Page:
My Apple Watch does notice a rapid heart beat at the times I notice the events so I know it can be detected by a simple wearable device.
The Apple Watch has the ability to record a two-terminal ECG and this feature has been made available in many countries including US, Singapore, Hong Kong, UK and now New Zealand.
The feature is not available in Australia where it must be approved by the Therapeutic Goods Administration. The Medical Software Industry Association, in a submission dated 22 May 2020, mentions Apple and opposes approving their devices to a (presumably) more lenient standard that the competing devices which their members market.
“Apple is becoming a health company along with many other large software and technology companies. The benefit of this are many, but the risk to Australian industry is that if these companies do not have the same imposts imposed upon them as our own Government places on Australian companies, the price signals will prejudice our market. Without question the cost of this regulation would be prohibitive and is avoidable”.
The Apple ECG feature has been approved by the US FDA but it’s interesting to note that they explicitly exclude health software which they call “software as a medical device (SaMD)”.
Not all medical software is regulated by the TGA. Current exclusions include software limited to managing and presenting information such as dosage calculators, software that is a source of reference information for professionals or consumers, software that has a role in diagnosing or managing an illness, and software that analyses clinical data such as results of blood tests or ECG. Note that the software can’t record the ECG and analyse it.
My cardiologist recommended a device that can record a simple two terminal ECG called KardiaMobile that is sold in Australia by “alive technologies”.
The AU$199 device measures the 10mV voltage differential between fingers on each hand, modulates this on a high frequency audio tone and the app records and graphs the waveform.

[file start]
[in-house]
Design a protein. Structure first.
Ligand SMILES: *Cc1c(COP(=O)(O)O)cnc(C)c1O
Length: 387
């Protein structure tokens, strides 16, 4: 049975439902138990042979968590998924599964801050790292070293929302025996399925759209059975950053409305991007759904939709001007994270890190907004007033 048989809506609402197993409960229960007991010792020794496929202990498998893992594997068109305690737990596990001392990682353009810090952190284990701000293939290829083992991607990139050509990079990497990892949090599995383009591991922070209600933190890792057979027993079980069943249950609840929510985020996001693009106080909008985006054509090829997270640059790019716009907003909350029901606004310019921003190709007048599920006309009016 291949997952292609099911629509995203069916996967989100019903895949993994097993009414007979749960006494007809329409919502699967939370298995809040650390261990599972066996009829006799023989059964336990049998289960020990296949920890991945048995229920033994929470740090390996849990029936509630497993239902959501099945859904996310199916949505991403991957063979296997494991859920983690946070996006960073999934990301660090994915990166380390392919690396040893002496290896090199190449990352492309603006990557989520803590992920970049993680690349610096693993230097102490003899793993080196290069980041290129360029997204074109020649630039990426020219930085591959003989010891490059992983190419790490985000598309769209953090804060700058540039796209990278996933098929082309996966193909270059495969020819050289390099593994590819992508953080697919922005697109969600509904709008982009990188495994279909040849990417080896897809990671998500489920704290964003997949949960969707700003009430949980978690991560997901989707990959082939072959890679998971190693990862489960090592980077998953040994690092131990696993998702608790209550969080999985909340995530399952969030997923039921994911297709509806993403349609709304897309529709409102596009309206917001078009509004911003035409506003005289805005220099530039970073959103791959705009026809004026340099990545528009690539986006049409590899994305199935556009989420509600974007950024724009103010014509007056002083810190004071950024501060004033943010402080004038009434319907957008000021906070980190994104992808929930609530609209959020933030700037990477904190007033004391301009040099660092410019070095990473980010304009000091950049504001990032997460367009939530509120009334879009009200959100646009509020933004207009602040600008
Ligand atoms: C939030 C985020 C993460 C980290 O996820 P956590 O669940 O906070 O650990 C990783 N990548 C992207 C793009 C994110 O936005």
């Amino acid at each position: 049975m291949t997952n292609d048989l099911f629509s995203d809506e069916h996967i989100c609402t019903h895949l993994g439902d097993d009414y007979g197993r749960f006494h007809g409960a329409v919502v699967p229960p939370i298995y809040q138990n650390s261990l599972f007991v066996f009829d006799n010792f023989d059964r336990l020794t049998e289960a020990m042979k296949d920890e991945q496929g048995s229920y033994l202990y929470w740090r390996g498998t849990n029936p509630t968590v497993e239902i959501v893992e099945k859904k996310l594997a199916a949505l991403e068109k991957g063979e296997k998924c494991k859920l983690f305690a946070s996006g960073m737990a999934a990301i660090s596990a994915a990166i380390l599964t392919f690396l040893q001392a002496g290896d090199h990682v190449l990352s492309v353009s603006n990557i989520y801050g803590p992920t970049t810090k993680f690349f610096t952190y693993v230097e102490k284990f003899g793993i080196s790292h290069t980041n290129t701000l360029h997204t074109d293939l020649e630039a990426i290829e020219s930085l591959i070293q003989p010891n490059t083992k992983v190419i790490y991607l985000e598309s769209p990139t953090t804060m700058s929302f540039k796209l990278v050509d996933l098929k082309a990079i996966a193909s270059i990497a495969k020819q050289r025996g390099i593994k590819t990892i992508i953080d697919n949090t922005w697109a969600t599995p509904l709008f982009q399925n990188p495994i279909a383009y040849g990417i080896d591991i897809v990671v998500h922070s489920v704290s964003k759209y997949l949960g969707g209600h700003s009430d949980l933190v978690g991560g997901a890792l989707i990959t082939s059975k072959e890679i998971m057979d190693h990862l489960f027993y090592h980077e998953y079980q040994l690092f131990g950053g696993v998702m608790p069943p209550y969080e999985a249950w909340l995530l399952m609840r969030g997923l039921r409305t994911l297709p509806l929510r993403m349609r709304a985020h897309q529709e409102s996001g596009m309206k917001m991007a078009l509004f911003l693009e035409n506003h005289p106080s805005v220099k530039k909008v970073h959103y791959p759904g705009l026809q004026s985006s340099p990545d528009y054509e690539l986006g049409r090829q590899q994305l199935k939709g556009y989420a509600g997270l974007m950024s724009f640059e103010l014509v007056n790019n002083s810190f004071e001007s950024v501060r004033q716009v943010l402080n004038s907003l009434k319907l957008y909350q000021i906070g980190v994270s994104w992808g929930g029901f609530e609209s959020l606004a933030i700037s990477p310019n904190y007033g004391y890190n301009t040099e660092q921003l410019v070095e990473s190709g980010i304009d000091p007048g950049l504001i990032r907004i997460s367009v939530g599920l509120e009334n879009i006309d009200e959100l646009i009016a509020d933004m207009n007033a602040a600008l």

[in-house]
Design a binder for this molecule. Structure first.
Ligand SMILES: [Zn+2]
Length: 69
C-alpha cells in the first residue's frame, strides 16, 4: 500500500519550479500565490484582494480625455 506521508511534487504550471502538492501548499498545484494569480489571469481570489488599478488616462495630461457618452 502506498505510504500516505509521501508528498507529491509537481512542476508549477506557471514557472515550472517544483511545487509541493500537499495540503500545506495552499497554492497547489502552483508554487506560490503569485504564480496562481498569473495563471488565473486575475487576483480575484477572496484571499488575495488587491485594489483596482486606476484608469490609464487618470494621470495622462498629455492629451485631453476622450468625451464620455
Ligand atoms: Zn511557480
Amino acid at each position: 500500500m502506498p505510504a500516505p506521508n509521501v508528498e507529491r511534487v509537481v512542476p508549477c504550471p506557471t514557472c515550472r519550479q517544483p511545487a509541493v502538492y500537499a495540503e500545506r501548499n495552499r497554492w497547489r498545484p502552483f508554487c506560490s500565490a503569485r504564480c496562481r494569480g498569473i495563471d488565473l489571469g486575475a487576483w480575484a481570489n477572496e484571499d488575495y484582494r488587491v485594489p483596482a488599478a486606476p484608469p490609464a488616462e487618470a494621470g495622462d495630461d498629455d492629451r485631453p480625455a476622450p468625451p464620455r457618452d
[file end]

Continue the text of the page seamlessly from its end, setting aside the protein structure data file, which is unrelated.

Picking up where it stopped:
I’ve read that they use audio for the link rather than bluetooth to save a bit of money but this means it needs a quiet environment to work. Recording the audio and zooming in you see this waveform:
The app does a little analysis of your ECG, but my cardiologist warned me that it would either say “normal” or “unclassified” which is my experience.
It’s not clear if Apple has applied for approval in Australia but it is clear that there is local industry opposition and because the TGA’s scope is different to the FDA perhaps Apple is holding back.
My cardiologist mentioned that there is a dispute between AliveCor and Apple where AliveCor has been granted a patent for proactive notification of possible heart arrhythmias, further AliveCor worked with Apple to link their KardiaBand device to the watch back in 2017 but subsequently that functionality was built right in to the watch, which no doubt upset them.
The KardiaMobile device is reasonably priced and easy to carry but I would rather just use the watch. There are claims that the analysis Apple does is superior to that of the earlier KardiaBand. I hope that whatever is preventing the ECG function in the Apple Watch from being released in Australia can be overcome soon.
Update: It's possible to enable ECG
It turns out that it is possible to enable the ECG function here in Australia. I followed these instructions, (which involved purchasing some software for $40), and I'm happy to report that I can now record my ecg.
It's possible that Apple might block this method but for now, it's working and I think the trace is better than the one from the Kardia device.
Update: WatchOS 7.2 disabled ECG outside permitted countries
Bad news, after WatchOS updated after the iOS 14.3 update the ECG was no longer working for me after the software trick above.